Evaluating Catcher Defense: How Good are Navarro, Shoppach, and Jaso?

ST. PETERSBURG - JULY 05: Designated hitter David Ortiz #34 of the Boston Red Sox scores as catcher John Jaso #28 of the Tampa Bay Rays is late with the tag during the game at Tropicana Field on July 5 2010 in St. Petersburg Florida. (Photo by J. Meric/Getty Images)

I really like John Jaso. I think his batting eye is one of the best on the Rays, if not the best, and he's been a great offensive addition. There are many people, though, that seem to have a problem with his defense. Jaso has never been a great defensive catcher; even coming through the minors, offense was always the name of the game for him. From all reports, his defense used to be abysmal behind the plate, but he's worked hard to improve that over the last few years. It's improved enough so that he's being used as the defense-minded Rays' primary catcher, at least indicating that he's passable behind the plate - good enough to justify playing him for his offensive contributions. 

But how good has Jaso been behind the plate this season? His detractors point out that he has trouble framing pitches and that some of the pitchers don't seem comfortable throwing to him. After one of his poor starts, James Shields griped about Jaso and claimed he couldn't get in a rhythm with him, but I'm hesitant to put too much stock into the emotion-filled words of a pissed Shields. Still, there seems to be some strength to the
Free Navarro For His Defense" movement - something I never expected to see.

And so, when Tom Tango released his Fan Scouting Report a few weeks ago, I was curious to see what Rays fans thought of Navarro, Jaso, and Shoppach. Remember, the concept behind the Fan Scouting Report is that fans watch players perform day in and day out, and when taken as a whole, their opinion should do a very good job of measuring the truth about a player's defense. Does Player A or Player B get a better jump on a ball? Does Player C have an average arm or an above-average one? Scouts can answer those questions for you, but so can the fans.

Now comes the moment of truth. Which did we rank the highest: Jaso, Shoppach, or Navarro? Who has the strongest arm? The worst hands? The best instincts? Let's see.


(Click on picture for larger view)

This chart basically confirms what most people are saying: that Navarro has the better hands, footwork, and throwing, but Jaso has better instincts (see: baserunning) and speed. Shoppach is somewhere in-between: decent footwork and throwing, but he's not as good as Navarro and is also slow as molasses. That all seems fairly obvious, right?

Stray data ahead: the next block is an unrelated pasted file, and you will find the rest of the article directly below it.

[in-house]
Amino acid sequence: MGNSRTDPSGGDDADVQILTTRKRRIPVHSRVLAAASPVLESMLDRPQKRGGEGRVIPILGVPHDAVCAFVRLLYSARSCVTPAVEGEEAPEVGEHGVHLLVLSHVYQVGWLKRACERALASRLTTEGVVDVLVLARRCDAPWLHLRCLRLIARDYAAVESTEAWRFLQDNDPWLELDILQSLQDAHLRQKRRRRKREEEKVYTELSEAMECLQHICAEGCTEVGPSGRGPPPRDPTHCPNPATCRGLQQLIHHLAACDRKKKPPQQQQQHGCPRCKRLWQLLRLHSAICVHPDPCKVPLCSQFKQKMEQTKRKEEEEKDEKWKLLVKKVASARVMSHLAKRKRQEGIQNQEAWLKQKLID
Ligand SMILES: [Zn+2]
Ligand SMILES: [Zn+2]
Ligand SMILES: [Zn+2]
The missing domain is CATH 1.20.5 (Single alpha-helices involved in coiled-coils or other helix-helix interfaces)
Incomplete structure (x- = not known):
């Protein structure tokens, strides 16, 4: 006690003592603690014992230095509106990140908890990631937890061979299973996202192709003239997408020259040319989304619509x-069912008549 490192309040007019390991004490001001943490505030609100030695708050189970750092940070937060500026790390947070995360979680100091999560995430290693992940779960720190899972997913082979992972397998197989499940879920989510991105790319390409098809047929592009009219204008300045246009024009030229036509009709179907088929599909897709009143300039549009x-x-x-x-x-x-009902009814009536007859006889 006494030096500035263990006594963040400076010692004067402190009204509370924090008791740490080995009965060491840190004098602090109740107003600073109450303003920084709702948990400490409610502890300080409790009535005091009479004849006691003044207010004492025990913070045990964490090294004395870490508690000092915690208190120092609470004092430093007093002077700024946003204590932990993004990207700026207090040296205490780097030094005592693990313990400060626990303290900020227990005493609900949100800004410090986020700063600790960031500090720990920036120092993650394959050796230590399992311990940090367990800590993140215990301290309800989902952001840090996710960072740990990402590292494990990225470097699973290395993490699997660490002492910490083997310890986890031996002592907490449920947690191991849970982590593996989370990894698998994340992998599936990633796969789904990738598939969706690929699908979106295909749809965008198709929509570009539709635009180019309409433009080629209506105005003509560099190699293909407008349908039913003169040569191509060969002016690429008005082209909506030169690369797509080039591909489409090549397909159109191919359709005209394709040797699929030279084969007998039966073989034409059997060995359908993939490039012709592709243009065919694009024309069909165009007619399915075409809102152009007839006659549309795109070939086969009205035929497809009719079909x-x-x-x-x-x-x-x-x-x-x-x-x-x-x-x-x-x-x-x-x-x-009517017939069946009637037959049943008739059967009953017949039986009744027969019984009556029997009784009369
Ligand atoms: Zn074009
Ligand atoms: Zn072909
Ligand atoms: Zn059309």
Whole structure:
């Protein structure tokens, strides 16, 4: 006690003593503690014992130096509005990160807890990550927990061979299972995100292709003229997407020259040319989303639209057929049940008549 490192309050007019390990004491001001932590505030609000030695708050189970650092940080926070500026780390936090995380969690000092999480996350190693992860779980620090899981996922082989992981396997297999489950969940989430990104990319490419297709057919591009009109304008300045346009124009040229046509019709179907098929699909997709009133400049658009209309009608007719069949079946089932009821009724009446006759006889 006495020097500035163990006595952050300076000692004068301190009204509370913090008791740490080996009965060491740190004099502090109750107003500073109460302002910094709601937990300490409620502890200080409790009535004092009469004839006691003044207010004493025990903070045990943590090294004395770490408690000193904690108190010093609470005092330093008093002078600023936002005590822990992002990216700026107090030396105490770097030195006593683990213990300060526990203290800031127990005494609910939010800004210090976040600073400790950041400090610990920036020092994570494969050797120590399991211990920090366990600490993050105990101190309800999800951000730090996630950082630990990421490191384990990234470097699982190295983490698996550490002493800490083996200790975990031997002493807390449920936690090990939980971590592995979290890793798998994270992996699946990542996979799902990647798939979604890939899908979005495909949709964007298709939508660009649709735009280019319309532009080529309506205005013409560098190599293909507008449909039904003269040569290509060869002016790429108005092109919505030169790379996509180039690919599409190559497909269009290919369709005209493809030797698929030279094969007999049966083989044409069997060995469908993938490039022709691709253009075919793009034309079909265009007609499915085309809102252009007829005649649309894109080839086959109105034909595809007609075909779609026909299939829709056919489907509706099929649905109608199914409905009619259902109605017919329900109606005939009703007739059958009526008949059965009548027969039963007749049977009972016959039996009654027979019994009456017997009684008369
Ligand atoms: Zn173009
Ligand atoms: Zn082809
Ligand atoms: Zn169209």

The thing that threw me for a loop is how close they were all ranked. Tango set the rankings to a 0-100 scale, with 50 being average and the standard deviation being 20. That means Jaso and Navarro are separated by only two points on a 100 point scale? At least, they are when you're comparing them in a sample of all the players in the majors. When you narrow that pool down to just catchers, a bit more of a difference emerges: Navarro grades out as around average for a catcher, while Jaso sits at about 10 points below average. It's still not a huge difference, but that strikes me as about what we'd expect: a drop-off from one to the other, but not a dramatic, life-shattering one.

If you look at defensive metrics, they say about the same thing. By the Dewan Plus-Minus System (DRS), Navarro has been worth exactly zero runs this season while Jaso has cost the Rays two. That's 0.2 WAR (Wins Above Replacement), a difference so small, Jaso easily makes up the ground between the two with his hitting. Even if you assume Jaso is a -5 fielder and Navarro is a +5 (which he's never ranked as), Jaso still is easily more valuable to the Rays - he's added 10 runs of offensive value to the Rays this season, while Navarro managed to cost the Rays 7.8 runs in only 131 plate appearances. That's a difference of 17.8 runs - nearly two full wins. Jaso would need to be historically terrible behind the plate to make up that gap.

And so, I'm sticking with Jaso. Criticize his defense all you want - the pain of watching him catch is nowhere near the pain of watching Navarro bat. That's what my eye says, and apparently it's what the rest of us fans see as well.

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